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The Fed: Fed’s Daly sees interest rates ultimately getting in range of 4.75%-5.25%.

San Francisco Federal Reserve President Mary Daly said Wednesday that the central bank’s benchmark interest rate may have to rise above 5% to start to put downward pressure on inflation.

Getting the Fed’s benchmark rate somewhere between 4.75% and 5.25% is “a reasonable place to think about,” Daly said, in an interview on CNBC.

Earlier this month, the Fed raised its benchmark rate by a jumbo 0.75 percentage points to a range of 3.75%-4%.

Daly said she has penciled in a 5% terminal rate in September.

The San Francisco Fed president said the central bank planned to hold its rate at a high level until there is progress on inflation.

“The holding part is really important. It is a raise-to-hold strategy,” Daly said. The Fed’s policy stance will get tighter as inflation comes down, she noted.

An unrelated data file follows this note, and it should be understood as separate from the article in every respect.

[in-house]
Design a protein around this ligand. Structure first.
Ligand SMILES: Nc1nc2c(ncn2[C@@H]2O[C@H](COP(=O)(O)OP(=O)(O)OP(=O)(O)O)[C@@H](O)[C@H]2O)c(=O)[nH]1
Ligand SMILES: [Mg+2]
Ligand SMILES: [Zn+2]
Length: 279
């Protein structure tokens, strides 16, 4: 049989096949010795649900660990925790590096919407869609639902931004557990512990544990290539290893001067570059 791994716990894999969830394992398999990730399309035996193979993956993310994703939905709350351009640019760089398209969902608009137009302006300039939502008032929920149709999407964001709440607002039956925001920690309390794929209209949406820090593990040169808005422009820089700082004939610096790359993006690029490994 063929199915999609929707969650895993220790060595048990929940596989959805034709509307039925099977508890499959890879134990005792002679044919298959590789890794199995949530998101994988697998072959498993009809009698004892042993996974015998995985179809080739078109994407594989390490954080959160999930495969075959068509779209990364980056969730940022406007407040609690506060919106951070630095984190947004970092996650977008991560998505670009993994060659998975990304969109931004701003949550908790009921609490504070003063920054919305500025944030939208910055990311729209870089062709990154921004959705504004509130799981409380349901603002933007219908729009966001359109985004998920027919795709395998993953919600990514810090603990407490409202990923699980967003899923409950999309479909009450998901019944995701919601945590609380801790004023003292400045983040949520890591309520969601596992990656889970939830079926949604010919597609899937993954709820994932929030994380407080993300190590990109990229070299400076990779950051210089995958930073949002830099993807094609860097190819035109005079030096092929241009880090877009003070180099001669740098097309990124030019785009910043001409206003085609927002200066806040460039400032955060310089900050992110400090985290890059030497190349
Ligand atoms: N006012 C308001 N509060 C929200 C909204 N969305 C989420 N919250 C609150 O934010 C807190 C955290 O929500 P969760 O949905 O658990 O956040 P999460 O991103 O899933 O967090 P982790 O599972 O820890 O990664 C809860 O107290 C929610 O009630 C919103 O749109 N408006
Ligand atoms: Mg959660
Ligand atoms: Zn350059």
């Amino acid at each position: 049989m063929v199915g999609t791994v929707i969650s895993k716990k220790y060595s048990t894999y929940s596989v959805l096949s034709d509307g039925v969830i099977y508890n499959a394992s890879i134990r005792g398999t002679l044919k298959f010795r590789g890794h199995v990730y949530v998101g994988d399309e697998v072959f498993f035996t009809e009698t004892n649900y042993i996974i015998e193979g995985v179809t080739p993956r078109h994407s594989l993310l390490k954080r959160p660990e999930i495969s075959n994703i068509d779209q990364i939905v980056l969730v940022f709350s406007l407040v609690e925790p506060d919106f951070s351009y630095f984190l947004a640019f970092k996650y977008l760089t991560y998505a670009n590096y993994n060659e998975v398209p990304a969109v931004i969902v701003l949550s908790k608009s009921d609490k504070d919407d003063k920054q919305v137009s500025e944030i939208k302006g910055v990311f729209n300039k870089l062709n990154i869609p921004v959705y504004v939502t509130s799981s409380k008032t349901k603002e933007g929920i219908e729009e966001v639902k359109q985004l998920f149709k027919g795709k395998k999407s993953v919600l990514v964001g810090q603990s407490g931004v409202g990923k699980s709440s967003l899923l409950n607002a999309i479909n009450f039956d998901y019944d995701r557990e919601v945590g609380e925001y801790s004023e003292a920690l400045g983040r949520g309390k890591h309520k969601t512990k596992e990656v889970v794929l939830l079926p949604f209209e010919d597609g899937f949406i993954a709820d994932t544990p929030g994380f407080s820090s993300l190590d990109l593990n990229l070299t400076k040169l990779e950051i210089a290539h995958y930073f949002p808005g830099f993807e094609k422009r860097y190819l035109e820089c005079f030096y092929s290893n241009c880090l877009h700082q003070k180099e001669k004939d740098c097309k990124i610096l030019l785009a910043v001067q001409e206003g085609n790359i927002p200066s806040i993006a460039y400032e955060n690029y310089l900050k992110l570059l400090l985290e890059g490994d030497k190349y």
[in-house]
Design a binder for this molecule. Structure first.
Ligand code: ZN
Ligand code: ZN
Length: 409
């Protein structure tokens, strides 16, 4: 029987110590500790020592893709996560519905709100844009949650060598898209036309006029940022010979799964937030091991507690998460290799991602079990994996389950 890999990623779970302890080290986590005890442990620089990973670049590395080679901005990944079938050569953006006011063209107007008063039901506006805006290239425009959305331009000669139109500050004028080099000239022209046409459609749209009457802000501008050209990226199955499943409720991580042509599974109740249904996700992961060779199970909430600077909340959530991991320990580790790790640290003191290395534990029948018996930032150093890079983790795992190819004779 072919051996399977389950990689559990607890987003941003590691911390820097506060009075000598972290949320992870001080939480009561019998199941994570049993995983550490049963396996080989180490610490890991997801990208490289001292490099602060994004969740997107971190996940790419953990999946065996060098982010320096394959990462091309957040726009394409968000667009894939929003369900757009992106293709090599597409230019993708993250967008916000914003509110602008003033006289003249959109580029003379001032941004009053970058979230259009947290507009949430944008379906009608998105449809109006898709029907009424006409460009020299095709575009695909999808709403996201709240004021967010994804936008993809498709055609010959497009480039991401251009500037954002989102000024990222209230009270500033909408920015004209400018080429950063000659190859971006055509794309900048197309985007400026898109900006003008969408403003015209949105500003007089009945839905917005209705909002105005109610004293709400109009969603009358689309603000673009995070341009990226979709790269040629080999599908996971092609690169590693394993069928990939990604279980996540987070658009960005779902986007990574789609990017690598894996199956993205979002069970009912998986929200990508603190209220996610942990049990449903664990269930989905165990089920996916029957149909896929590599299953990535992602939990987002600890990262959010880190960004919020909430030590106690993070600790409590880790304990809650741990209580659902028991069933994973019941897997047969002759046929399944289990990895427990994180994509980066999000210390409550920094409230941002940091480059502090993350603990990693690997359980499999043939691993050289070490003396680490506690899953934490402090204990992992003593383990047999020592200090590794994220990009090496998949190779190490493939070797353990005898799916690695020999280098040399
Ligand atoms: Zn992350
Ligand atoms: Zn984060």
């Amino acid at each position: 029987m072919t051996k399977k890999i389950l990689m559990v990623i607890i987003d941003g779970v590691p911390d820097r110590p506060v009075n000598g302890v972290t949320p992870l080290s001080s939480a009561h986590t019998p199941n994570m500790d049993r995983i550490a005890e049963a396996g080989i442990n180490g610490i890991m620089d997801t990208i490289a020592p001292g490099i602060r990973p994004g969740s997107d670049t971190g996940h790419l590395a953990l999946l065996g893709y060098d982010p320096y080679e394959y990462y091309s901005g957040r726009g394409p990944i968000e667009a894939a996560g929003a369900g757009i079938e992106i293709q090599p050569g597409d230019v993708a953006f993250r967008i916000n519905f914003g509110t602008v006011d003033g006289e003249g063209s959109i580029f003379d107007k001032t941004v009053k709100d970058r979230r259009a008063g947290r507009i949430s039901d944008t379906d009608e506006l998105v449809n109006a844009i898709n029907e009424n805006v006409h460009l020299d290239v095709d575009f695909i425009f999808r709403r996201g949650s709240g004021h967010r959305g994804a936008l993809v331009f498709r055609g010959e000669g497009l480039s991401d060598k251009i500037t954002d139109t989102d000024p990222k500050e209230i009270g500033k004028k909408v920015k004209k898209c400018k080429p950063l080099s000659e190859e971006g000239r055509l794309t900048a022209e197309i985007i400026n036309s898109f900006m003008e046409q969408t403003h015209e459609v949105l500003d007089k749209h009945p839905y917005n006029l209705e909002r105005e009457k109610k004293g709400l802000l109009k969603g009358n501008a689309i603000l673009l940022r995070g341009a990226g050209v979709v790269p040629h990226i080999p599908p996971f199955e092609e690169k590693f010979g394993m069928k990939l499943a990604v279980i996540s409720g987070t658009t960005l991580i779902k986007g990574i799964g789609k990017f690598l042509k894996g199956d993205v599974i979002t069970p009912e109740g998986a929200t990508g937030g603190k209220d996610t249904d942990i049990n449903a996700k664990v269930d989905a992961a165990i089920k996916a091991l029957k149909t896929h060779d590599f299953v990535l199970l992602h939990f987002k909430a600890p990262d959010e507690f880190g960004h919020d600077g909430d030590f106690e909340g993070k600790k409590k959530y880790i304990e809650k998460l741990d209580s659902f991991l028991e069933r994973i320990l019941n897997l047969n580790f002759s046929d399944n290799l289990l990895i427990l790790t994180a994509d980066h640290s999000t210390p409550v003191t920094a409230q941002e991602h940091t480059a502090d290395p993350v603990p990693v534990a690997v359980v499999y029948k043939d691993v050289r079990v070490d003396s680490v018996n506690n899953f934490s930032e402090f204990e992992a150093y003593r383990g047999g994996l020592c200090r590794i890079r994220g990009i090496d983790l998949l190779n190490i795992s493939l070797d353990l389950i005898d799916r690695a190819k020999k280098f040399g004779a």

Asked to comment on the sharp gain in retail sales in October, Daly said that it showed “the consumer is hanging in there.”

But Daly added that contacts in her district tell her that consumers are “stepping back” given the high inflation and preparing for a slow economy.

“That’s a very good start. We’re not there yet obviously, but that’s exactly what we want to see,” she said.

Daly said she was optimistic the Fed could avoid tipping the economy into a deep recession.

“History is on our side. We’re tightening into a strong economy. I still am optimistic we can bring this down so that Americans don’t feel we solved one bad problem and put them in a much worse one,” she said.

Daly estimated a rise in the unemployment rate to a range of 4.5%-5% would likely be sufficiently high to cool the labor market and inflation.

“That would still mean jobs out there for people, but it would just mean you’d have to search longer to get them. That is still a reasonable labor market to have,” she said.



were lower in late morning trading. The yield on the 10-year Treasury note

fell to 3.74%.

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